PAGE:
# When $Ax^2+By^2=z^2$ has a solution in integers?

Consider the Diophantine equation $Ax^2+By^2=z^2$, with positive integer parameters $A$ and $B$ (not necessarily square-free or co-prime). When does this equation have a non-trivial solution? Can one give a comprehensible necessary and sufficient condition that $A$ and $B$ must satisfy?

I am aware of the Legendre theorem, but it assumes that $A$ and $B$ be co-prime and square-free; can one somehow get around this assumption?

• why would you want to remove Legendre's hypotheses? If you start with $10 x^2 + 15 y^2 = z^2,$ it just turns into $2 x^2 + 3 y^2 = 5 w^2.$ Furthermore, each such problem has a slightly different reduction to the Legendre theorem. – Will Jagy Nov 1 '14 at 21:53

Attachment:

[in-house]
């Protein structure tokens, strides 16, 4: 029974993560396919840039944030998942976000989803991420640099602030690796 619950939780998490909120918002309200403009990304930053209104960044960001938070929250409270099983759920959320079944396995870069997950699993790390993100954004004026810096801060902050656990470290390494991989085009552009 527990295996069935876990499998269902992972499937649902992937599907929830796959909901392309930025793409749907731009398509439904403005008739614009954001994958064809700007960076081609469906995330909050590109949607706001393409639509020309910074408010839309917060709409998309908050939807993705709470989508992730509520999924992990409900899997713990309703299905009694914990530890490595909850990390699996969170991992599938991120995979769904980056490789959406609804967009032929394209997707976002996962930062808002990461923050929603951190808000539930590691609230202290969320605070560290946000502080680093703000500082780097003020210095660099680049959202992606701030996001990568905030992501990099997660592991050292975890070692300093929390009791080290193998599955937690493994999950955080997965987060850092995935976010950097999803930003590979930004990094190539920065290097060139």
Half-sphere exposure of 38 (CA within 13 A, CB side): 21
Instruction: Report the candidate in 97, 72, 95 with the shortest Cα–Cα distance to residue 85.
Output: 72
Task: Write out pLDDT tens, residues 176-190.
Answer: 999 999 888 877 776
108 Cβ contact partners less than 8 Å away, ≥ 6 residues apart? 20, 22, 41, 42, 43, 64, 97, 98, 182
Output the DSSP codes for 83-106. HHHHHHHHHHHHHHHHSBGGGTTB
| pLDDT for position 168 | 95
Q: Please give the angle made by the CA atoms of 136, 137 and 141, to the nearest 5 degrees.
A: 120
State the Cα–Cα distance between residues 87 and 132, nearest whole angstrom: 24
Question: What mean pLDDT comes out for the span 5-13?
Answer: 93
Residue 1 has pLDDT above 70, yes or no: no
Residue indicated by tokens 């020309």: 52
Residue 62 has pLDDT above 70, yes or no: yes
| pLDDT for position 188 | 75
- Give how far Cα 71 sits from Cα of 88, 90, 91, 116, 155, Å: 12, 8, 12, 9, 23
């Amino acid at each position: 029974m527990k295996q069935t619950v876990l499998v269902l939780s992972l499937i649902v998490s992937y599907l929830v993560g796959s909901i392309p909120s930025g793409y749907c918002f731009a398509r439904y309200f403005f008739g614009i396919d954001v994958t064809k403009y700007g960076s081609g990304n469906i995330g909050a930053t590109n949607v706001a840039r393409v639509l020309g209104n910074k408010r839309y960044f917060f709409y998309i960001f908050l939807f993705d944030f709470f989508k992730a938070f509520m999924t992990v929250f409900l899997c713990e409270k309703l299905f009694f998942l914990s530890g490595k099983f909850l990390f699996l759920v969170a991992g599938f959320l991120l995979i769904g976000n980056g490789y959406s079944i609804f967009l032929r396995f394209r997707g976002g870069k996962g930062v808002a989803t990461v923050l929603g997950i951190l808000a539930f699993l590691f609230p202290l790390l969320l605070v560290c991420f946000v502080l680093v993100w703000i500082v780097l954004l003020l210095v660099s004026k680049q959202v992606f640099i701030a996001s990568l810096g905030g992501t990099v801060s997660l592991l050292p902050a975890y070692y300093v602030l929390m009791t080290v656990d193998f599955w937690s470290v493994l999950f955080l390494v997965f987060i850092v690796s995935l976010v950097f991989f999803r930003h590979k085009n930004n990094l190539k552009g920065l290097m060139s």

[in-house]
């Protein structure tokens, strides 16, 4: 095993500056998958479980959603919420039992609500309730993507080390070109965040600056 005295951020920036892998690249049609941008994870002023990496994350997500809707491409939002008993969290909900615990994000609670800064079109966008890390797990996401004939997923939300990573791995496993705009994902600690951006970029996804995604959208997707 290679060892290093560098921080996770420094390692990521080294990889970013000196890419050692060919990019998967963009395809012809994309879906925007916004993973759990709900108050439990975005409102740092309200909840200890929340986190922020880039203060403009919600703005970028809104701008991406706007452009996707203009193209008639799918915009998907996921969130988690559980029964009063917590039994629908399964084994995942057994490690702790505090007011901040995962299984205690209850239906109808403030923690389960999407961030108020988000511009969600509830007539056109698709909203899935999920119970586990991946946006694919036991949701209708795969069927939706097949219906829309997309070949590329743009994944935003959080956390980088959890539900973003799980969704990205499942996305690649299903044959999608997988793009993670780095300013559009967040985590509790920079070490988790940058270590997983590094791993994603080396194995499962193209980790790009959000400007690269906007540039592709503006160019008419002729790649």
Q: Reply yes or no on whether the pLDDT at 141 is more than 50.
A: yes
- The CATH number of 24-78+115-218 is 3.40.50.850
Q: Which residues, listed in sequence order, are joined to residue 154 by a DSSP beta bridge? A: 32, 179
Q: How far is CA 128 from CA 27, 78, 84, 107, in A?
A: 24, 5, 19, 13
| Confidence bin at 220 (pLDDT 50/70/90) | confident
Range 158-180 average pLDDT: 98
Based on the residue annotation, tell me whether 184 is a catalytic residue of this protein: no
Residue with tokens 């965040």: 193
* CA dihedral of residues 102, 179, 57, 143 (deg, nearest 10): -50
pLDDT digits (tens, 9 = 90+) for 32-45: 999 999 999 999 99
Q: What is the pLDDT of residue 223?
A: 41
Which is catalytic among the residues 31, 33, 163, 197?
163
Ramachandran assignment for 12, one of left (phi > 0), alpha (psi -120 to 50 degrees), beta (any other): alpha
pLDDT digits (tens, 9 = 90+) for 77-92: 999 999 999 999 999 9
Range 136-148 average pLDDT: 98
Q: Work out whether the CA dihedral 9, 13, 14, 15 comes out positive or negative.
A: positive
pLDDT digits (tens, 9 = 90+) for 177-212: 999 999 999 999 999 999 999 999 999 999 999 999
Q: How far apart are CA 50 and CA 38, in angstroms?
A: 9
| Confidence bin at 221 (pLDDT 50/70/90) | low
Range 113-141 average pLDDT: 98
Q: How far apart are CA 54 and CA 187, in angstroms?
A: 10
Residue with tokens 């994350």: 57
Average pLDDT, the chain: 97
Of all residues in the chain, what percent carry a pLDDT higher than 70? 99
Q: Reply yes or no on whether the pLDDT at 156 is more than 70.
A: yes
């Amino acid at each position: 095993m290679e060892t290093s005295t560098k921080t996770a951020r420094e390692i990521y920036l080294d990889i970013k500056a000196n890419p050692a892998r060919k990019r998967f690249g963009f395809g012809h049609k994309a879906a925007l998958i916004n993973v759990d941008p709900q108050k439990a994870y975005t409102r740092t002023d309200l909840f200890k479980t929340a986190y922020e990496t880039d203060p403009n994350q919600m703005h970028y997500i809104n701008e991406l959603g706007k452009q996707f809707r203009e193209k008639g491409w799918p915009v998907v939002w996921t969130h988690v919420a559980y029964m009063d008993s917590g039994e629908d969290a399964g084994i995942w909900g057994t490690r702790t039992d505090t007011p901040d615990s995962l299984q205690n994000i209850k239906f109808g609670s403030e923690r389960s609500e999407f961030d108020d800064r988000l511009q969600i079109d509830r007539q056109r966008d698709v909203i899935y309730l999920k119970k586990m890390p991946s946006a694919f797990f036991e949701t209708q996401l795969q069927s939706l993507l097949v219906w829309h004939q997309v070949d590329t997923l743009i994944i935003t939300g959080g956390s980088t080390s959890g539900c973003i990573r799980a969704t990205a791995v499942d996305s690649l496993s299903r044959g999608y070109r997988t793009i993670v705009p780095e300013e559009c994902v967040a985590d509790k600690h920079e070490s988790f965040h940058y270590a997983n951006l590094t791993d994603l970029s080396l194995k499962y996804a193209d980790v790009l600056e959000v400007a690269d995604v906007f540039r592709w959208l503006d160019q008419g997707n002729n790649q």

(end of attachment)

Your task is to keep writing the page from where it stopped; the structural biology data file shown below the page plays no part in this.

• @Will Jagy: your reduction from $10x^2+15y^2=z^2$ to $2x^2+3y^2=5z^2$ is based on the fact that $5$ is a prime. In my case, the coefficients $A$ and $B$ depend on more parameters and I cannot find explicitly their prime factorization. – W-t-P Nov 2 '14 at 6:45